• Educational services: One of the areas in which ICT can have the most dramatic impact is in upgrading the capacities of schools to undertake their educational missions. We have been very involved, in numerous locations around the region, in upgrading the ICT capacities of schools, both in the hardware available in the schools, and in the ICT skills of school teachers, administrators, and students. As such, we are preparing the next generation of ICT-entrepreneurs throughout the region, allowing ICT to become a universal operating platform, rather than simply a niche industry. An example of our work in this area is the Learning Enhances Awareness (LEA) project currently active in Lebanon.
• Business incubation: ICT has an important role to play in incubating small and medium size enterprises (SMEs), both in the ICT sector, and in other industries whose operations are facilitated by an ICT strategy. ICT is an important growth industry in many of the countries around the region, and growth is largely being driven by the SME sector. Often, the difference between a successful and a failed entrepreneurial venture is the availability of the correct support at the appropriate time in a company’s life-cycle. IJMA3 has been able to provide this boost in numerous arenas around the region. An example of our work in this area is the Platform project currently active in Lebanon, and the ICT Incubator currently proposed at a prominent Kabul, Afghanistan university.
• Professional training: Many of the countries in which we are active are in, or are emerging from, conflict situations. One of the most effective ways of ensuring that a population moves successfully out of a conflict environment is to maintain a forward-looking outlook, focused on the opportunity of the future rather than the problems of the past. Training for on-the-job skills is a key way of achieving this. Training gives communities a profitable way to spend their time, and allows for a focus on the future to rise out of an otherwise bleak landscape. However, training is not limited to post-conflict areas; all dynamic economies have a need for job skills training, as well as in other areas like language acquisition. IJMA3 has played a lead role in harnessing ICT toward training objectives around the region. An example of our work in this area is the Basra International Training Academy in Basra, Iraq.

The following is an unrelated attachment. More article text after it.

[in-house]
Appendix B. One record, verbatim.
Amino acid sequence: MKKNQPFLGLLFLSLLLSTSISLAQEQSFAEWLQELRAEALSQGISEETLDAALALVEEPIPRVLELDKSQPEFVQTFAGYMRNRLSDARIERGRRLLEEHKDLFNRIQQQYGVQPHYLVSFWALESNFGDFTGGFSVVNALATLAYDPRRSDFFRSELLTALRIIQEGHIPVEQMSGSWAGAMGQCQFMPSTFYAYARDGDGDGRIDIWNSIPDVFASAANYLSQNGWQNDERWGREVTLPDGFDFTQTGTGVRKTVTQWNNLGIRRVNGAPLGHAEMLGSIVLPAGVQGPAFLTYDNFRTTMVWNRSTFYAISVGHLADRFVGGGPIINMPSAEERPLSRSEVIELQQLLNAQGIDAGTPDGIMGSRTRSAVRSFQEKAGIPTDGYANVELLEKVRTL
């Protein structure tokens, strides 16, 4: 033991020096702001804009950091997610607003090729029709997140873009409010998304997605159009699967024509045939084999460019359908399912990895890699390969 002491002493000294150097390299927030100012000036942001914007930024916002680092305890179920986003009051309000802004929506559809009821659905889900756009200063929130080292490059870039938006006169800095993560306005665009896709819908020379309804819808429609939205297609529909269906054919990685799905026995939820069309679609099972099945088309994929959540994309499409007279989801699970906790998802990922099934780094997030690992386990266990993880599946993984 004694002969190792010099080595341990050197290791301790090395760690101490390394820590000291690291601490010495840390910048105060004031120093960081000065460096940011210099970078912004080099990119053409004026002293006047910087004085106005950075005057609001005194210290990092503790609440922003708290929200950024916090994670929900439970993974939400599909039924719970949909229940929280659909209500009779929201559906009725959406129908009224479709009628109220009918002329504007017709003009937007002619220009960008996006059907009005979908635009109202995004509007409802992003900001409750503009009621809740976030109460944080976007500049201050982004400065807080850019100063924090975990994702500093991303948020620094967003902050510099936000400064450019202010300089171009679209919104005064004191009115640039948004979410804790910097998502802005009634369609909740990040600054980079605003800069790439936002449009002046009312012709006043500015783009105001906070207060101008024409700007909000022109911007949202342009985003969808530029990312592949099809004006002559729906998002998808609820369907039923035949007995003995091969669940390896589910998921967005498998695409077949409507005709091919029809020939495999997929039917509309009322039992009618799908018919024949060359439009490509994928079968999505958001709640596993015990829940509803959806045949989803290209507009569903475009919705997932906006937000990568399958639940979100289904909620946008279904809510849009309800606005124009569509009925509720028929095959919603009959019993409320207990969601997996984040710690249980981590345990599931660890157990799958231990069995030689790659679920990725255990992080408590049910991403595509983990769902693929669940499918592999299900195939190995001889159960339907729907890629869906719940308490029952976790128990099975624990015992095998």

• Community ICT centers: with the profusion of services and networks available via an ICT-enabled environment, IJMA3 has developed around the region a range of community centers with ICT applications at their core. These centers provide ICT-related services like network access, training, and business support services; but the also provide much more, providing a community access point around which communities can gather. Examples of our work in this area are the PIPOP and PICTA centers in Lebanon.